In Xie’s view, park construction, though costly, will bring Yangzhou long-term benefits, especially to the city’s image and ecology. “Different from Shanghai and New York, Yangzhou cannot be an international metropolis, but it can be a small city with strong local characteristics just as some European towns are,” Xie told media.
“Yangzhou’s park construction is not directly to increase land values in neighboring areas, but to improve people’s lives,” Liu Yuping said. “But it is obvious that the parks have raised land values in neighboring areas.”
The price of apartments in a residential community near Songjiacheng Park rose by 18.4 percent from 2014 to 2017, and another community in the suburbs saw its price double from 2013 to 2017, thanks to a new park nearby.
Yangzhou officials are confident that the city’s environment will help attract more people and concentrate industries, especially new, innovative ones that need fewer land resources. Chen Wei, deputy Party secretary of the management office of Songjiacheng Park told NewsChina that Yangzhou was trying out a “park+industry” model, building industrial or technical development zones around the parks. Many Yangzhou officials told NewsChina that they were willing to forego immediate gains in return for long-term benefits the parks will bring.
Chengdu is also assured that its greenbelt plan will be a success, stating in its planning material that there is abundant potential in enhancing the local ecology and regional economy, especially as Chengdu is a hub for China’s Belt and Road Initiative, and the project will benefit future generations.
Many experts care more about whether the parks could be self-sustaining, since maintenance and operating costs are high, another heavy burden for governments.
Hu Jie said that it costs 200 million yuan (US$29m) to maintain Beijing’s Olympic Forest Park, at least half of which comes from the local government. Official data shows that in Beijing, greenbelt generally costs 60,000-90,000 yuan (US$8,695-13,043) per square meter to maintain, which is unaffordable if parks are large with low visitor numbers, or have few commercial opportunities. Hu has suggested outsourcing some of the parks to private investors.
Yangzhou is facing the same problem. According to Liu Liming, office director of Songjiacheng Park, it costs around 20 million yuan (US$2.9m) to manage the park annually, most of which is borne by the local government. According to interviewed officials, all of Yangzhou’s 350 parks are supported by government funds.
Officials are trying to improve the revenue situation by charging for amusements and attractions, or allowing the parks to hold commercial expos and exhibitions. Chen Wei told NewsChina that Songjiacheng Park is planning to shift to a shopping-mall-like model and host sporting events. “We hope the environment will attract more visitors and the activities will turn the flow of people into consumers,” he said.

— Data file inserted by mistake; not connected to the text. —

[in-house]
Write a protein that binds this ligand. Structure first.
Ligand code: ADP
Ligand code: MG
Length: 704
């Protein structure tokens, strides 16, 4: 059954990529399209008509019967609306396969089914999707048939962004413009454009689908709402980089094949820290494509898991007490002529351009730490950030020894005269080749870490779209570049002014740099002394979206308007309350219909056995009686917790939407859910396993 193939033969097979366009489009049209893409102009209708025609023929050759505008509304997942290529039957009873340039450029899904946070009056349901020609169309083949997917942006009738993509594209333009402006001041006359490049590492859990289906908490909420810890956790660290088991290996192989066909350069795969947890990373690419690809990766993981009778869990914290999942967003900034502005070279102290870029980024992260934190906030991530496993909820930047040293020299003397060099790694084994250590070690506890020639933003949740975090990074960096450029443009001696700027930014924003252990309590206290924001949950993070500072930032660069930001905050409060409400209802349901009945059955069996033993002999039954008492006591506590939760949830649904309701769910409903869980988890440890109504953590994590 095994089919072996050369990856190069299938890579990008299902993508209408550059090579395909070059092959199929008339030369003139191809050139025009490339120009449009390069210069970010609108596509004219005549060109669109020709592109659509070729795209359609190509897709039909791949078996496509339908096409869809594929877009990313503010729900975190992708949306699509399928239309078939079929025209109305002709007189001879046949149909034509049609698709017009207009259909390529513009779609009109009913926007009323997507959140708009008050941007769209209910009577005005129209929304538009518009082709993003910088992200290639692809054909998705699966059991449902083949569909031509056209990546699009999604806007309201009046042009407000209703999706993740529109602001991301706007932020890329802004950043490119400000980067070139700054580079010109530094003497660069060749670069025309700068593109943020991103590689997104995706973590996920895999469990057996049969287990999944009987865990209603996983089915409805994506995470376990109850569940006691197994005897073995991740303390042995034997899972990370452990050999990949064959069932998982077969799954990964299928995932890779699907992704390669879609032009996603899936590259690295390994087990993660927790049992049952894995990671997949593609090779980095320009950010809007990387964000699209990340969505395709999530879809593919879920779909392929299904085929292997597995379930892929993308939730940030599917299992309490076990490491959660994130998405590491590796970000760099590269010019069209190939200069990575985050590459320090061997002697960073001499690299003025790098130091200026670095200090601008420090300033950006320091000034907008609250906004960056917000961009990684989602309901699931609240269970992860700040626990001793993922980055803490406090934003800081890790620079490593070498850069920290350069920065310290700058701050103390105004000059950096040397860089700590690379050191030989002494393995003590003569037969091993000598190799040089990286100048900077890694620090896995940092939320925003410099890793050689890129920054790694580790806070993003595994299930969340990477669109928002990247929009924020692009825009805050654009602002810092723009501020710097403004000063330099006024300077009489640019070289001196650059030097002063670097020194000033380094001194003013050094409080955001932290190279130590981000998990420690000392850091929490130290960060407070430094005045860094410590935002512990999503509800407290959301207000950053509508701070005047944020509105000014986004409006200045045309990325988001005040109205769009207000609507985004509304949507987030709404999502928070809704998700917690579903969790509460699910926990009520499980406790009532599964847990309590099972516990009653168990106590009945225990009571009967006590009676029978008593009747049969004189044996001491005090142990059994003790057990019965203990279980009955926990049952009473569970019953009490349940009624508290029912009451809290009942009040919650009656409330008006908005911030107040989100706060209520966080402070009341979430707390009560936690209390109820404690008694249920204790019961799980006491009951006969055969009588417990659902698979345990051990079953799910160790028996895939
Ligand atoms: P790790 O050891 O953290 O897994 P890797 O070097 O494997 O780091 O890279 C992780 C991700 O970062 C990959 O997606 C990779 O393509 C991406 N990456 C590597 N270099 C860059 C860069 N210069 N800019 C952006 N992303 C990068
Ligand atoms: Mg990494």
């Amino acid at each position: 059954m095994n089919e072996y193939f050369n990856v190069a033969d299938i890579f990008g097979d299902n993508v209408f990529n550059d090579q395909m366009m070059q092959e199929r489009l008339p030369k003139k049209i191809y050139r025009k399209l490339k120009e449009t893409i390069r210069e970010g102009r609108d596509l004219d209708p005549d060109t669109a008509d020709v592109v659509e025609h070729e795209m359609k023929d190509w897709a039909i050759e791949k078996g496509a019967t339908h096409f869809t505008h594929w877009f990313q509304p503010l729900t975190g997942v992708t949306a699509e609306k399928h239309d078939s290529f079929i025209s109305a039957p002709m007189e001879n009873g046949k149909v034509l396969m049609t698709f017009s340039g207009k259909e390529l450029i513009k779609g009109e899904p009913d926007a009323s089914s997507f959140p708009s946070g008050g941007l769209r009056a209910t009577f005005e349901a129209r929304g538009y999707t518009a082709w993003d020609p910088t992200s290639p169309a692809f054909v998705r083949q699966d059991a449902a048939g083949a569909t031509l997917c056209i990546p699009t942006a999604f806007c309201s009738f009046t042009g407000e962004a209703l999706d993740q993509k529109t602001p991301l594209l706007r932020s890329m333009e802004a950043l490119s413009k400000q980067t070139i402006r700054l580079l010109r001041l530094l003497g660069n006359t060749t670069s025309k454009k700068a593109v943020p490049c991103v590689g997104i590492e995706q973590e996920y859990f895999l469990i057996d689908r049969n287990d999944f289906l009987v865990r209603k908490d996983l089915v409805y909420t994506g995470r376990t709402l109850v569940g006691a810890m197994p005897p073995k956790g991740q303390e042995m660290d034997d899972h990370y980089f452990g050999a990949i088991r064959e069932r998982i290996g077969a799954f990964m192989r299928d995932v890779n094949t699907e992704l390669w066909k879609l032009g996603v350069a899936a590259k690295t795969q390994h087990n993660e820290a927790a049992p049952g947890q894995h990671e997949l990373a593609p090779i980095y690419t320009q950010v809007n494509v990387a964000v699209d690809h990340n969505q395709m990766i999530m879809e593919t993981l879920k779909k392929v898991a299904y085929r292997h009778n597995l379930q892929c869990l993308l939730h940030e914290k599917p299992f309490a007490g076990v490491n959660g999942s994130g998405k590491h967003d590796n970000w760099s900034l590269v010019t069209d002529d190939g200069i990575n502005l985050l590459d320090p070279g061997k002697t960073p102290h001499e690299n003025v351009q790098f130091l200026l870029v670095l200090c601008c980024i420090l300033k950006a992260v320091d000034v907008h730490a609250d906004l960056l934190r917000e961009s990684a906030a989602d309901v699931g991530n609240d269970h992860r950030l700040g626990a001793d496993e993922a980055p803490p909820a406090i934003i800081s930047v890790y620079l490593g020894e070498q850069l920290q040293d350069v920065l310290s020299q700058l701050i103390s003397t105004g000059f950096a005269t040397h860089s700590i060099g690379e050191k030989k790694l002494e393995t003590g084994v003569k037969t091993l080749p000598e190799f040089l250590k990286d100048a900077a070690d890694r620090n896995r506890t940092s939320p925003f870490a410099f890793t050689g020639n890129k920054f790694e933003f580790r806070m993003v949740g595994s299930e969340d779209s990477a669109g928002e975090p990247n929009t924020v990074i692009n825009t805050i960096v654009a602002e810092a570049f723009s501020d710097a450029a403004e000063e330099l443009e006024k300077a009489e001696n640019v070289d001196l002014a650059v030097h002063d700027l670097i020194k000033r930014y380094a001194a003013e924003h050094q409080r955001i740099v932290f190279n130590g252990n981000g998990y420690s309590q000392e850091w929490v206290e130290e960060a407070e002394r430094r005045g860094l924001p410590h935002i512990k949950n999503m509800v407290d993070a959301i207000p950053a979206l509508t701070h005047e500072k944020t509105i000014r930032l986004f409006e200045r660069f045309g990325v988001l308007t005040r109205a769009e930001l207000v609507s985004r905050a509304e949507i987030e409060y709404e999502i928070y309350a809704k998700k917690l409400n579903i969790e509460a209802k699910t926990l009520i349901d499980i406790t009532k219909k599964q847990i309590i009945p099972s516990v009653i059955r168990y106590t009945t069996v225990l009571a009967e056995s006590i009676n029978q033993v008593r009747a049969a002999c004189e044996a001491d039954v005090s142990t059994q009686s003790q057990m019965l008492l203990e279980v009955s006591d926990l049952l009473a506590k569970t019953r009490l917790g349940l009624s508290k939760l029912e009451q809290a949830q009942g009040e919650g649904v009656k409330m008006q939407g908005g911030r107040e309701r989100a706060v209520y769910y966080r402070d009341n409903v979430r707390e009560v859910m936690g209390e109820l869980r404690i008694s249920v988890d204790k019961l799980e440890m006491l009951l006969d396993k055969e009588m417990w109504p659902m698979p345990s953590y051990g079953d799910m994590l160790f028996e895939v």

Zhan Dongmei, an assistant researcher at the China Tourism Academy in Beijing, is concerned that commercialization will impair the public benefit. “Given that parks are a public good, I don’t think it’s necessary to care about whether they are self-supporting,” she told NewsChina.
“As a public facility, I don’t think parks have to support themselves. The criteria to judge whether commercial services and facilities inside a park are proper or not is whether they are set up to meet what the public demands,” said Wei Xiao’an, chief analyst at the World Tourism Cities Federation.
Planting for the Future
According to Liu Yuping, officials should take the long view about whether a park is capable of covering its own costs.
“I believe a park’s value will rise if we operate it well. We may explore this aspect gradually,” he told NewsChina.
However, experts worry that not every local government can afford the extended timeframe it takes for parks to generate revenue. That is why many experts warned that Yangzhou’s success might not be reproducible.
“Park construction is an in-advance, predicted project which can’t be finished in the short term, so local governments shouldn’t bite off more than they can chew,” Gu Chaolin, an architecture professor at Tsinghua University, told NewsChina.
Still, since 2000, many Chinese cities have eagerly participated in national and international competitions for park cities, making “park city” a very hot term among local officials. But just as experts cautioned, many failed to plan properly and some even triggered conflicts between the public and the government over demolitions. At findlaw.cn, a website for users to ask for legal help, NewsChina found several netizens were asking for legal opinions on local governments’ plans to requisition land for parks. One complained that he reclaimed a parcel of abandoned land near his home and has raised cattle on it for six years, only to find that the government is forcing him off for a park.
According to experts, the central government actually holds a cautious attitude toward park cities, since no department has issued any national criteria or definition for a park city, nor have they launched appraisals, which experts believe could calm down local governments. “Parks and gardens will improve the quality of residents’ life, but it is not an overnight project and shouldn’t be followed like a fashion,” Hu said. “If some governments go to extremes, such as excessively planting trees and densely building greenbelts regardless of the local conditions, it will do more harm than good to the local environment and ecology,” he added.